Patonga to Warrah Trig, Central Coast NSW

A short walk from Patonga on the NSW Central Coast up to view points over the scenic Hawkesbury River just north of Sydney.

I’d never been to Patonga before, a sleepy village at the southern border of the Central Coast, just over the Hawkesbury River north of Sydney. It’s a very pretty and chilled out area, with one restaurant/bar on the waterfront. There’s also a bushwalking track that ascends about 160m over 2 to 3 kilometres from the beach to a trig point. The forest is nice, and there’s a couple of spots along the way with good views, including an official lookout, Warrah Lookout.

Continue reading “Patonga to Warrah Trig, Central Coast NSW”

Bluff Mountain & Grand High Tops, Warrumbungle National Park NSW

The must do circuit walk in the Warrumbungles, taking in famous views of the Breadknife from Grand High Tops, and a visit to Bluff Mountain (1200m) where there are more great views.

The Grand High Tops Circuit with an added side trip to Bluff Mountain (1200m) is arguably the best walk in the Warrumbungles, especially for views. From Grand High Tops there are classic views of the pleasingly named rock formation, The Breadknife, which is a tall, thin and sheer slice of rock that you pass on the way up. There are also great views of nearby Crater Bluff, and of Belougery Spire, both prominent and striking hunks of rock. Continue reading “Bluff Mountain & Grand High Tops, Warrumbungle National Park NSW”

Mt Exmouth via Burbie Canyon, Warrumbungle National Park NSW

A long walk with excellent views from the summit over the whole of the Warrumbungles, although you might find the highlight are the huge numbers of fabulous grass trees in the final 200 vertical metres.

Mt Exmouth (1206m) is the highest point in Warrumbungle National Park, and I’ll admit to a spot of peak bagging in doing this walk. Nevertheless, I’d read that the views from the summit were excellent, and they were, although a bit hazy on an overcast day. Unexpectedly though, another feature of this walk stole the show, and that was the preponderance of fabulous grass trees on the final ascent to the summit. I’ve never seen so many in my life, and they were fine specimens indeed. So I’d recommend this walk even just for these, but the views will be an added bonus.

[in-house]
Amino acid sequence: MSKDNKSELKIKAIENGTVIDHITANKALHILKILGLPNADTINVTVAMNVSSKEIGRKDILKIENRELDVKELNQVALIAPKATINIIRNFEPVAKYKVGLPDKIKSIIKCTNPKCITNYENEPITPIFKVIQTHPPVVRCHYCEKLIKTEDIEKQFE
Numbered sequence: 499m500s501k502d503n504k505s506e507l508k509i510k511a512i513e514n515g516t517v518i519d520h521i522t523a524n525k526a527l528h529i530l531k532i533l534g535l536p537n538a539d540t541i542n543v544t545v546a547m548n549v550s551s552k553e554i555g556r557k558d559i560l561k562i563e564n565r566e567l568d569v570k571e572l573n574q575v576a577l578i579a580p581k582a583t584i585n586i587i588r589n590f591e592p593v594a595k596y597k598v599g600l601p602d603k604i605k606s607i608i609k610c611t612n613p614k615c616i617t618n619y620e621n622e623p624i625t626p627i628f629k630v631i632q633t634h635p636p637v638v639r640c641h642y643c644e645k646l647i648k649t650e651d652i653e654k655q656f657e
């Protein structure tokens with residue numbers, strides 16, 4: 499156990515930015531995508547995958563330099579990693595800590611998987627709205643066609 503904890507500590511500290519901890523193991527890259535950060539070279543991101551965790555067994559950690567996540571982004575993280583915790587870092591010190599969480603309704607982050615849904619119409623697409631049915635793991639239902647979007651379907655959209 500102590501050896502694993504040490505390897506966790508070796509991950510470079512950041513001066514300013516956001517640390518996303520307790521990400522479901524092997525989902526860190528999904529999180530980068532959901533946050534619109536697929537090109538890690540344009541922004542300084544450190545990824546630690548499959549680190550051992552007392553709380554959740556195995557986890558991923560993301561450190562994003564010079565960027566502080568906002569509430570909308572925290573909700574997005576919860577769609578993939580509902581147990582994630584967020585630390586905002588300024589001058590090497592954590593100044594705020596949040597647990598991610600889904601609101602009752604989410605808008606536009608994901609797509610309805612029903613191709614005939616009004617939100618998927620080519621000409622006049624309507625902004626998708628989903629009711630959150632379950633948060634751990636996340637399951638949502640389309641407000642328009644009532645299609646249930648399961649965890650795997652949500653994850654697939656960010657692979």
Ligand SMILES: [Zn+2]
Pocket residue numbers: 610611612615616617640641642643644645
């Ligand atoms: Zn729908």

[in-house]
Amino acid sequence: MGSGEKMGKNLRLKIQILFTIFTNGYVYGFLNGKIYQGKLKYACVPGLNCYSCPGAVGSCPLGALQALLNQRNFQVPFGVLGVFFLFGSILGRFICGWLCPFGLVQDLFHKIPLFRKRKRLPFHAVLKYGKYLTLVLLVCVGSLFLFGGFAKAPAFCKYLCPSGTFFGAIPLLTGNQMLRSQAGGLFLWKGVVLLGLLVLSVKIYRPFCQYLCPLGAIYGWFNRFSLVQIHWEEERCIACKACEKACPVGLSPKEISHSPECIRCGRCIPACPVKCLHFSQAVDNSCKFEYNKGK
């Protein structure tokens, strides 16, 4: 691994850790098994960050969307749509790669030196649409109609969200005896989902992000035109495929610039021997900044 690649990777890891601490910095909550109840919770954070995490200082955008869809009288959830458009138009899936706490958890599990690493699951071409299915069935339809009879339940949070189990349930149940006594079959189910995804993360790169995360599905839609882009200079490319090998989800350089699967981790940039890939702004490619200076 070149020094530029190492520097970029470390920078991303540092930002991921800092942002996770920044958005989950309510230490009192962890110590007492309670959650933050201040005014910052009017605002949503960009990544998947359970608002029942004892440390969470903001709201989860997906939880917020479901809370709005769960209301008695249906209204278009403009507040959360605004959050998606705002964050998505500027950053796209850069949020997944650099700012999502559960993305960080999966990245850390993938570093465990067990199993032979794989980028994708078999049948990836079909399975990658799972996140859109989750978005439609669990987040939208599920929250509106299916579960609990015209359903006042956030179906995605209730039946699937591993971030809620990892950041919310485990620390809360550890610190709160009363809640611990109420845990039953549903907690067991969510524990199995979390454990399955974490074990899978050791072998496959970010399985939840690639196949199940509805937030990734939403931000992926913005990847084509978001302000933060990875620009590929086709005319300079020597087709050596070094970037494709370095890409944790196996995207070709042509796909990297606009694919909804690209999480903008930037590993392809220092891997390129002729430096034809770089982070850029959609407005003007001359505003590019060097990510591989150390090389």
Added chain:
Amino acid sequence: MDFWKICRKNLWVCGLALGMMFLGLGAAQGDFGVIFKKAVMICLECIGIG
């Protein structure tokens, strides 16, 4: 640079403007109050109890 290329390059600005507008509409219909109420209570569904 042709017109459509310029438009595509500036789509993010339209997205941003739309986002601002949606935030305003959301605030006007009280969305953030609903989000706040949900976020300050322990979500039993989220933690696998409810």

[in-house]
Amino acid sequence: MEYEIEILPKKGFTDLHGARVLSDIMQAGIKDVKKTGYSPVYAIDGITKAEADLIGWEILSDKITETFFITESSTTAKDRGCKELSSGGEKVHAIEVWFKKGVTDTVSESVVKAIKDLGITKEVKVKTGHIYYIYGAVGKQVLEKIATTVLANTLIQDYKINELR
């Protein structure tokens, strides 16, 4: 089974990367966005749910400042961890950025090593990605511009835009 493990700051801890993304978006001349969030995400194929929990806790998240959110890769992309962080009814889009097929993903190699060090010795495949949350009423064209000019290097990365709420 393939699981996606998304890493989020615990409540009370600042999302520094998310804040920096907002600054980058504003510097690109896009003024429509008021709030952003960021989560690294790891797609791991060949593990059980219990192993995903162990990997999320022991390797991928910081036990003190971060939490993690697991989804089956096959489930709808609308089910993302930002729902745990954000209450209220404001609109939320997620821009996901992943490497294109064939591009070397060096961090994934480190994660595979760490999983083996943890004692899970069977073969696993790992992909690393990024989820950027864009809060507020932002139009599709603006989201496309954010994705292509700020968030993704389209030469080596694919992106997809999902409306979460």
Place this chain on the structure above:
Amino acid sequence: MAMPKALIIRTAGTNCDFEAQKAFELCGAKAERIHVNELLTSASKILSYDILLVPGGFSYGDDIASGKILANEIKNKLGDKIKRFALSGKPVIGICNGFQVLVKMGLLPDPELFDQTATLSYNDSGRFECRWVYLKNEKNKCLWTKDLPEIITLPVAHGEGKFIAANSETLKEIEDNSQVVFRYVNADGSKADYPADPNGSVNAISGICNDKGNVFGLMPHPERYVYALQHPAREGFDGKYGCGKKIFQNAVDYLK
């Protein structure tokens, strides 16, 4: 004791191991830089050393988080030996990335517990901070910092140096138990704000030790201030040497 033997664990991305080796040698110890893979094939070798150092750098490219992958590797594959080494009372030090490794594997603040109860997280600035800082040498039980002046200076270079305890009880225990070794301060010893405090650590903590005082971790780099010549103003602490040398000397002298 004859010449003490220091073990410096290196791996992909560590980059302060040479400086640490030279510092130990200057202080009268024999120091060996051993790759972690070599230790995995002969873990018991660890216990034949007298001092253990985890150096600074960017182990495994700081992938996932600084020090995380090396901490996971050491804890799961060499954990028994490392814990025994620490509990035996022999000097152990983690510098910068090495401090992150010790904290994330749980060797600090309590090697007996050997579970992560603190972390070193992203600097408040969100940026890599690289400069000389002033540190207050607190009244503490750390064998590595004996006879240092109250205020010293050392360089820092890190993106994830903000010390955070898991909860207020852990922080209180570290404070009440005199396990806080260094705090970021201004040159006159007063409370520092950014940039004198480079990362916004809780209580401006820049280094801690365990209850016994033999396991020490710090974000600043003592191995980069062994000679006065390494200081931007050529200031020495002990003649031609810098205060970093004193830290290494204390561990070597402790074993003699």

Track notes at the end. And if you haven’t already you should consider doing the park’s classic walk, the Bluff Mountain and Grand High Tops Circuit

Mt Exmouth via Burbie Canyon: The Scenery

Mt Exmouth via Burbie Canyon, Warrumbungles NSW
Burbie Canyon

Mt Exmouth via Burbie Canyon, Warrumbungles NSW
Not as many wildflowers out as I’d expected, but these ones were quite nice.

Mt Exmouth via Burbie Canyon, Warrumbungles NSW
Burbie Canyon

Mt Exmouth via Burbie Canyon, Warrumbungles NSW
Burbie Canyon

Mt Exmouth via Burbie Canyon, Warrumbungles NSW
Much of the walk was along Burbie Fire Trail so I thought I would take a picture of this just so you know what you are up for. Not so exciting but then the lower section of the alternative West Spirey Creek Track were not all that exciting either. It made for fast walking at least.

Mt Exmouth via Burbie Canyon, Warrumbungles NSW
One of three new wildflowers I saw on the walk, (as in, new to me).

Mt Exmouth via Burbie Canyon, Warrumbungles NSW
An interesting aesthetic walking through native pine trees of some sort. Not many of these further east.

Mt Exmouth via Burbie Canyon, Warrumbungles NSW
A prickly pear cactus. These have become a serious weed in Australia in the past. Not sure about nowadays. We saw just this one.

Mt Exmouth via Burbie Canyon, Warrumbungles NSW
Wildflowers I’ve not seen before.

Mt Exmouth via Burbie Canyon, Warrumbungles NSW
The first of many grass trees on the final ascent to the summit.

Prepare for an overwhelming number of grass tree photos…

Mt Exmouth via Burbie Canyon, Warrumbungles NSW
Nice shades of green here.

Mt Exmouth via Burbie Canyon, Warrumbungles NSW
Lots of grass trees.

Mt Exmouth via Burbie Canyon, Warrumbungles NSW
So many grass trees!

Mt Exmouth via Burbie Canyon, Warrumbungles NSW
And still more grass trees.

Mt Exmouth via Burbie Canyon, Warrumbungles NSW
I particularly liked this grass tree, which looks like it is wearing a fur coat.

Mt Exmouth via Burbie Canyon, Warrumbungles NSW
One of my favourite grass tree shots with Sophia demonstrating scale, and hence the advanced age of these wonderful plants.